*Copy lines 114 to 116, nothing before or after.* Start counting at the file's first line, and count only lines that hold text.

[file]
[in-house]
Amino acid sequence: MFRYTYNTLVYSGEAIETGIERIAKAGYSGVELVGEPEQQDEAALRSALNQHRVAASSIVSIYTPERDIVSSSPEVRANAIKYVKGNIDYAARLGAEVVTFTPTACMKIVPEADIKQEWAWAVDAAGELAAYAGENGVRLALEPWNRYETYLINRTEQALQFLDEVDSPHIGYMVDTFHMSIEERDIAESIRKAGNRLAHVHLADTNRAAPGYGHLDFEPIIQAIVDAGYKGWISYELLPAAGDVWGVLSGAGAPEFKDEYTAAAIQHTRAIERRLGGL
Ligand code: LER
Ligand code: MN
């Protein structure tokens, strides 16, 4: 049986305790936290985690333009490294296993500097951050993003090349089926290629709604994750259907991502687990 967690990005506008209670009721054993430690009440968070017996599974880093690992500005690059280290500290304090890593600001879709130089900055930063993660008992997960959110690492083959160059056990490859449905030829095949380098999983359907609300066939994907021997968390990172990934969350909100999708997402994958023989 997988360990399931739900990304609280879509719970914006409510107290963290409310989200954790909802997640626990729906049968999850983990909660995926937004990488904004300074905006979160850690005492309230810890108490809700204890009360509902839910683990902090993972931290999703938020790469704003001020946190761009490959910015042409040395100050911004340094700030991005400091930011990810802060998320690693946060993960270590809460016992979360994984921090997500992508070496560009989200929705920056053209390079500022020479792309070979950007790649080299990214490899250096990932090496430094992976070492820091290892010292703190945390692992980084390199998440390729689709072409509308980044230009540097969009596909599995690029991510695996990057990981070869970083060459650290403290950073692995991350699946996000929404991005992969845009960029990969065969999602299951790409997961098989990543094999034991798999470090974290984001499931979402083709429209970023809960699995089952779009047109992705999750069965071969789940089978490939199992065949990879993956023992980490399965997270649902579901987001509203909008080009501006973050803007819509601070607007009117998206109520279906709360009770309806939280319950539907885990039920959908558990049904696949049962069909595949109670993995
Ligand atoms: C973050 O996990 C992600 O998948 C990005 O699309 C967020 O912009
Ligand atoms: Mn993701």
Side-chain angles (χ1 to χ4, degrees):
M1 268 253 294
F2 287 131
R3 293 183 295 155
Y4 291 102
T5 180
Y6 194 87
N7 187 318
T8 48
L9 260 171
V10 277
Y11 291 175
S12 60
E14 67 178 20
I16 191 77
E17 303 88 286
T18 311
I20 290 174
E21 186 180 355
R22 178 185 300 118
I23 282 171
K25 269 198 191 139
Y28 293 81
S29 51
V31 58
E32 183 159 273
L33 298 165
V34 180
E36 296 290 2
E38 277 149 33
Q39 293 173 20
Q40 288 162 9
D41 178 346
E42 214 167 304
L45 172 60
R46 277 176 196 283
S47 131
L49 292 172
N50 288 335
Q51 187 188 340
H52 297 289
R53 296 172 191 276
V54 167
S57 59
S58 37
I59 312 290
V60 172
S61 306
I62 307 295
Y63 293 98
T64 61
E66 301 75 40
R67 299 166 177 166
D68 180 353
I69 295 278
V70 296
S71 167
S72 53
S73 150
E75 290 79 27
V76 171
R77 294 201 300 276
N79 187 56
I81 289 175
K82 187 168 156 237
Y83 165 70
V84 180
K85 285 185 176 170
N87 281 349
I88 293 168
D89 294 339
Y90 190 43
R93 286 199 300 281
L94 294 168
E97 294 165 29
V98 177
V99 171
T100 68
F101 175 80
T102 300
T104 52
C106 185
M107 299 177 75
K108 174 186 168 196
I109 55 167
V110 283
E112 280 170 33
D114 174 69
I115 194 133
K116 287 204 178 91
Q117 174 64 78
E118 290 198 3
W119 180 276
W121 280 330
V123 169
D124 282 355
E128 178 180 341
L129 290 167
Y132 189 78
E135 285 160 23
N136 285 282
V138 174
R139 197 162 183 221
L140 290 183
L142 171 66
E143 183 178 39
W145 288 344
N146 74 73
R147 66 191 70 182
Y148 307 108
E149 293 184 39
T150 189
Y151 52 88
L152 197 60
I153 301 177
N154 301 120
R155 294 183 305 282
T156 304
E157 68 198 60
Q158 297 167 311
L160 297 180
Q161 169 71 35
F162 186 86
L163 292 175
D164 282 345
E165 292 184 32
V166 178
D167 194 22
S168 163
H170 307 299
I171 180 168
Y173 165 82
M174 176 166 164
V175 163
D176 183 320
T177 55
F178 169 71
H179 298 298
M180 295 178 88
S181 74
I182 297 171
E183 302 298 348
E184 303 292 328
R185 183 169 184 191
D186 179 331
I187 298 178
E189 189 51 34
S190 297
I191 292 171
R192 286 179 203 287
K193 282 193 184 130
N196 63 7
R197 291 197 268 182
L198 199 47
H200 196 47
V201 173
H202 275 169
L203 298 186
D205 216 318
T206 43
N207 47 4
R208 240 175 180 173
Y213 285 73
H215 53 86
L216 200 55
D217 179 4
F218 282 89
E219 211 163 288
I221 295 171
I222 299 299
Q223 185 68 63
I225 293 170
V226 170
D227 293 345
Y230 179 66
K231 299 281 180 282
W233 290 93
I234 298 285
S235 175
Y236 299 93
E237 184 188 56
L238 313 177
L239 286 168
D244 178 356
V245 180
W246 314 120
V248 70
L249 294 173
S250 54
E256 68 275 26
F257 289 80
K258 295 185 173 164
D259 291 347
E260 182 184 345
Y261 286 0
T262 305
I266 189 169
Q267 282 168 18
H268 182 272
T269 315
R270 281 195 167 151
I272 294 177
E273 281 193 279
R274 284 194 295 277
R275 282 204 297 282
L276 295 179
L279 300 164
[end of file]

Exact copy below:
W145 288 344
N146 74 73
R147 66 191 70 182